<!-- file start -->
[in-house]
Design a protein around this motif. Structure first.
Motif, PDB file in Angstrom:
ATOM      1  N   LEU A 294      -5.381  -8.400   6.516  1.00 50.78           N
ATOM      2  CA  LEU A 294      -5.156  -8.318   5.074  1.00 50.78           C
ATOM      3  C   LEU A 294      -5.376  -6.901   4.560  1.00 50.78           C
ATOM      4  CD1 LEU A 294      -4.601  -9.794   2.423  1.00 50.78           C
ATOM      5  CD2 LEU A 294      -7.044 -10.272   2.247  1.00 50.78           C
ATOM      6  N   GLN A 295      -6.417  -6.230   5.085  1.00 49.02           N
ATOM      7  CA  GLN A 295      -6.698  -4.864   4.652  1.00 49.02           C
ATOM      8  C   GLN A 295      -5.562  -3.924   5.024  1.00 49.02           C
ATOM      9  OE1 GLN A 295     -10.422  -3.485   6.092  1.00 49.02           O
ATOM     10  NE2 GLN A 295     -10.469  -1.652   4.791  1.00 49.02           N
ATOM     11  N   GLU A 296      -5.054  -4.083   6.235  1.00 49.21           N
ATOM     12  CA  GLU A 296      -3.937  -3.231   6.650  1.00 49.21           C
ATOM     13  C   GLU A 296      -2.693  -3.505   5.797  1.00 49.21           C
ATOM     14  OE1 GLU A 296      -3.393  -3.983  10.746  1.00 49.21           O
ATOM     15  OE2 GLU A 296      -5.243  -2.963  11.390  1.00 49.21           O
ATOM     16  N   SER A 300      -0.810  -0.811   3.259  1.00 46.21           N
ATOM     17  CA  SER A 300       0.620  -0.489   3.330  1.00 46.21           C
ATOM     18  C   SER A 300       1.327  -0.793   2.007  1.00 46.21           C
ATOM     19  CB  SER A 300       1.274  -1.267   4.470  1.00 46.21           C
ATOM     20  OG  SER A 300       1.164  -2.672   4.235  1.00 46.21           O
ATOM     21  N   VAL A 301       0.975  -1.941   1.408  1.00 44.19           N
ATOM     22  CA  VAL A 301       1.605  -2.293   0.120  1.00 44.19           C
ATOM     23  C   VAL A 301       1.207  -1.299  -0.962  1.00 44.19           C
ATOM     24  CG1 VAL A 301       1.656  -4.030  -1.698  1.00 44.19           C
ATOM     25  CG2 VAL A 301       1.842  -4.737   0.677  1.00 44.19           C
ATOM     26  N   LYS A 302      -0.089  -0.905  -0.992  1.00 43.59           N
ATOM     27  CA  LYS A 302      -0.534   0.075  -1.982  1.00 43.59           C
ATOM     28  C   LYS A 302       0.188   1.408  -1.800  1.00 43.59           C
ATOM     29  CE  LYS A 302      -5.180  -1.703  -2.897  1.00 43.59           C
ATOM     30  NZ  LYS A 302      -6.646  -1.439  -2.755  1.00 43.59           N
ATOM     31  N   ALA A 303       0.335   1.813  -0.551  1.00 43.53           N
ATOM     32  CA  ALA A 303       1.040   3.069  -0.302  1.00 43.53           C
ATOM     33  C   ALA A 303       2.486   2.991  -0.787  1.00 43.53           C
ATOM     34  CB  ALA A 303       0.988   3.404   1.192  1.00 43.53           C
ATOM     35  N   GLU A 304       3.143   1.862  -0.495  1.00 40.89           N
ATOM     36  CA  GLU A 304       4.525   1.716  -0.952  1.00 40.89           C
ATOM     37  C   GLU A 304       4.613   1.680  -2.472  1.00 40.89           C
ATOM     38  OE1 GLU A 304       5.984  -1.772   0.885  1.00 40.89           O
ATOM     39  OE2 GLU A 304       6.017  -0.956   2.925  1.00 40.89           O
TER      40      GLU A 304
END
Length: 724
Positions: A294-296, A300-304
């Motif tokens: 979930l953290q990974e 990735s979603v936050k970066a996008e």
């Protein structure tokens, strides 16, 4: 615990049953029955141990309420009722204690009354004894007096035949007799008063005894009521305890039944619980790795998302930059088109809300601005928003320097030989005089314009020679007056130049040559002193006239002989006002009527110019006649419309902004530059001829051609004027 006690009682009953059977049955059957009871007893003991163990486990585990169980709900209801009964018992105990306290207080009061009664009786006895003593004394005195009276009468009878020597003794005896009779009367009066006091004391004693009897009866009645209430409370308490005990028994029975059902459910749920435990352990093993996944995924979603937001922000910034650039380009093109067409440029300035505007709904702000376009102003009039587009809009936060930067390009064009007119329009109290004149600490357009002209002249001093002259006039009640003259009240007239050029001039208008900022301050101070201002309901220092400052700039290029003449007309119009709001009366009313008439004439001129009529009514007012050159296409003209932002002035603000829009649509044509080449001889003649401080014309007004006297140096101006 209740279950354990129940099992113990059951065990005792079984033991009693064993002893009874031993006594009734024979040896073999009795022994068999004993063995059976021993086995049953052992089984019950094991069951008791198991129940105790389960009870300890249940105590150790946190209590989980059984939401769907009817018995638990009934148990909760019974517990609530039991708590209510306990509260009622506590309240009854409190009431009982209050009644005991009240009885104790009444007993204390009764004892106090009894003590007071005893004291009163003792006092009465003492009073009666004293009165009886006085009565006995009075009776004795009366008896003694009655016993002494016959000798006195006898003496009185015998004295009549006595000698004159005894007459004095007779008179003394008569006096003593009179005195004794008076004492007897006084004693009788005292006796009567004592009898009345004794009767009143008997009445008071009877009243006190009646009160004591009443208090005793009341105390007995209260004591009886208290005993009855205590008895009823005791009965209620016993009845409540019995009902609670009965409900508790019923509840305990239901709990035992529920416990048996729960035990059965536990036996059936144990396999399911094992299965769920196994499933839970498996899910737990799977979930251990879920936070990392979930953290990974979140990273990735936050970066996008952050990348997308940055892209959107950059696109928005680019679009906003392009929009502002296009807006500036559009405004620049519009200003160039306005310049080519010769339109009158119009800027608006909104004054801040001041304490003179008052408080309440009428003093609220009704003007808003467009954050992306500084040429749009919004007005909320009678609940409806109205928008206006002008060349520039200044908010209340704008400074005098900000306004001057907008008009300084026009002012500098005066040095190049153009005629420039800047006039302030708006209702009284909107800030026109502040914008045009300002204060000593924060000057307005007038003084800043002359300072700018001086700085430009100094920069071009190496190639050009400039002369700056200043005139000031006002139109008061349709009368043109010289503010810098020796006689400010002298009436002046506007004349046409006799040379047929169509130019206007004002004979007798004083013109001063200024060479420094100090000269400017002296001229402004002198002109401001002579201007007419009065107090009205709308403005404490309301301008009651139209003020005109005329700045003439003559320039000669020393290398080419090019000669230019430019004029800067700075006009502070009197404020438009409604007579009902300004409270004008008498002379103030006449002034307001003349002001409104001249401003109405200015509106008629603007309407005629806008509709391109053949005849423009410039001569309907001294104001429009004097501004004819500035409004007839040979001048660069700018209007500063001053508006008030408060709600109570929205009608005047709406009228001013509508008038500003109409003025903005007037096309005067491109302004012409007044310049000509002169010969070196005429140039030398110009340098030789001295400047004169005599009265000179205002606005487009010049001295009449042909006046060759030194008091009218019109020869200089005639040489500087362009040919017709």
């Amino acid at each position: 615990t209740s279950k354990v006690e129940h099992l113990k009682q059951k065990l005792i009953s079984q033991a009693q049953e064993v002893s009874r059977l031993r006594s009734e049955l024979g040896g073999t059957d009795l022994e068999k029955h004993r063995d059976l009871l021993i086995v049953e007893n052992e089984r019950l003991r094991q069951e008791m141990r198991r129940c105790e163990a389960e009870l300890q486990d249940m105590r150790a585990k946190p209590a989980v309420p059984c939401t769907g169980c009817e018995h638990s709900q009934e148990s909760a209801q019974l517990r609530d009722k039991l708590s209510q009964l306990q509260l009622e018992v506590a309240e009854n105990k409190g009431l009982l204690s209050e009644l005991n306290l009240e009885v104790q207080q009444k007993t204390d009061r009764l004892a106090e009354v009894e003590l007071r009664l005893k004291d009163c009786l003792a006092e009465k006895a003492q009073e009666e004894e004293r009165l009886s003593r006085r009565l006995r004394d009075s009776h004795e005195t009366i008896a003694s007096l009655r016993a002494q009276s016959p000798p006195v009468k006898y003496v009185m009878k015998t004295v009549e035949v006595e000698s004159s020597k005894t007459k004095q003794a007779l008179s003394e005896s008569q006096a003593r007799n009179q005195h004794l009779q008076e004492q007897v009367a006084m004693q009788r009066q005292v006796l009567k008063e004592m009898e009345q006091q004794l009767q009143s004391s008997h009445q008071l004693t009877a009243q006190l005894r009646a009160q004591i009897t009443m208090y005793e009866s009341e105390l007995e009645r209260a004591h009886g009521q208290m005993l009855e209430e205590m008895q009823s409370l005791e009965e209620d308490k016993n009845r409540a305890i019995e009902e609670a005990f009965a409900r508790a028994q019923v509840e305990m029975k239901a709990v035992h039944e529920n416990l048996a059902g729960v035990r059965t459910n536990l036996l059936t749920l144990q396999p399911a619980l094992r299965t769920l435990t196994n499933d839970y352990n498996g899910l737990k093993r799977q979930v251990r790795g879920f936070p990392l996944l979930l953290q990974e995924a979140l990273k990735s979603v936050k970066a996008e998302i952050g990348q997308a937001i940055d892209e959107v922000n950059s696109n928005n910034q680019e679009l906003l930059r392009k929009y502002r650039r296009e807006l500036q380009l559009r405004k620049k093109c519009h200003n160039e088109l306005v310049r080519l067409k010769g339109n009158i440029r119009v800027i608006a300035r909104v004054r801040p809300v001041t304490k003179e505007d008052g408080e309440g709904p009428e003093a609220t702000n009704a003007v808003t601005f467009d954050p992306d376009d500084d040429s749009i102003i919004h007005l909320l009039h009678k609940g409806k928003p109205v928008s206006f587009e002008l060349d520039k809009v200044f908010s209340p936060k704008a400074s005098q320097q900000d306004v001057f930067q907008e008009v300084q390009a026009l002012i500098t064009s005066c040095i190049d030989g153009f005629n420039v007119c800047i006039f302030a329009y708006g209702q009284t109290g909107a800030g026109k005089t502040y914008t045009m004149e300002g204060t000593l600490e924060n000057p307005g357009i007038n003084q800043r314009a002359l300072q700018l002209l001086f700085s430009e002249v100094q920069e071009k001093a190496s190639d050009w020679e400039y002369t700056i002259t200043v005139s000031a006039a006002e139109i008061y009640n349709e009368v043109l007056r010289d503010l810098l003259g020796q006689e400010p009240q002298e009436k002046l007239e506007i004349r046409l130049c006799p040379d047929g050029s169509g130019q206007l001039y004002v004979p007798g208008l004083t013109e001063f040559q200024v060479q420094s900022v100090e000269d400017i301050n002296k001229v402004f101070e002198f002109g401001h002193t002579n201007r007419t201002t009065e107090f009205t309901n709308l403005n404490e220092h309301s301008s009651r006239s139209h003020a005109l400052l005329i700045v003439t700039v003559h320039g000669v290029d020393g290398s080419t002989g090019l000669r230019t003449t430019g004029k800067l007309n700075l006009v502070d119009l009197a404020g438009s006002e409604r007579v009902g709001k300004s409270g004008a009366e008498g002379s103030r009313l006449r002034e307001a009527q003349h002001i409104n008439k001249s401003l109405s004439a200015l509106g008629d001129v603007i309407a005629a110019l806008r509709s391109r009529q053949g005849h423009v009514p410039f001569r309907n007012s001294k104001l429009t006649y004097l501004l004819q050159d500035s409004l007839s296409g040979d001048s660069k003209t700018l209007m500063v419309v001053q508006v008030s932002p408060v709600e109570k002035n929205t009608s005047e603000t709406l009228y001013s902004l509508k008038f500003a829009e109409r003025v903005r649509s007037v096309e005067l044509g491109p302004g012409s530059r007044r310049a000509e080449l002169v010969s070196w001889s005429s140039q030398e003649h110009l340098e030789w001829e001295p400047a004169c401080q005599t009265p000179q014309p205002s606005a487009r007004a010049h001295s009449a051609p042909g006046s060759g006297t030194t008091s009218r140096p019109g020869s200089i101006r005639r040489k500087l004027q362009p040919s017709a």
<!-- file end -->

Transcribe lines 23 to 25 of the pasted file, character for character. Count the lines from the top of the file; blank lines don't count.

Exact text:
ATOM     20  OG  SER A 300       1.164  -2.672   4.235  1.00 46.21           O
ATOM     21  N   VAL A 301       0.975  -1.941   1.408  1.00 44.19           N
ATOM     22  CA  VAL A 301       1.605  -2.293   0.120  1.00 44.19           C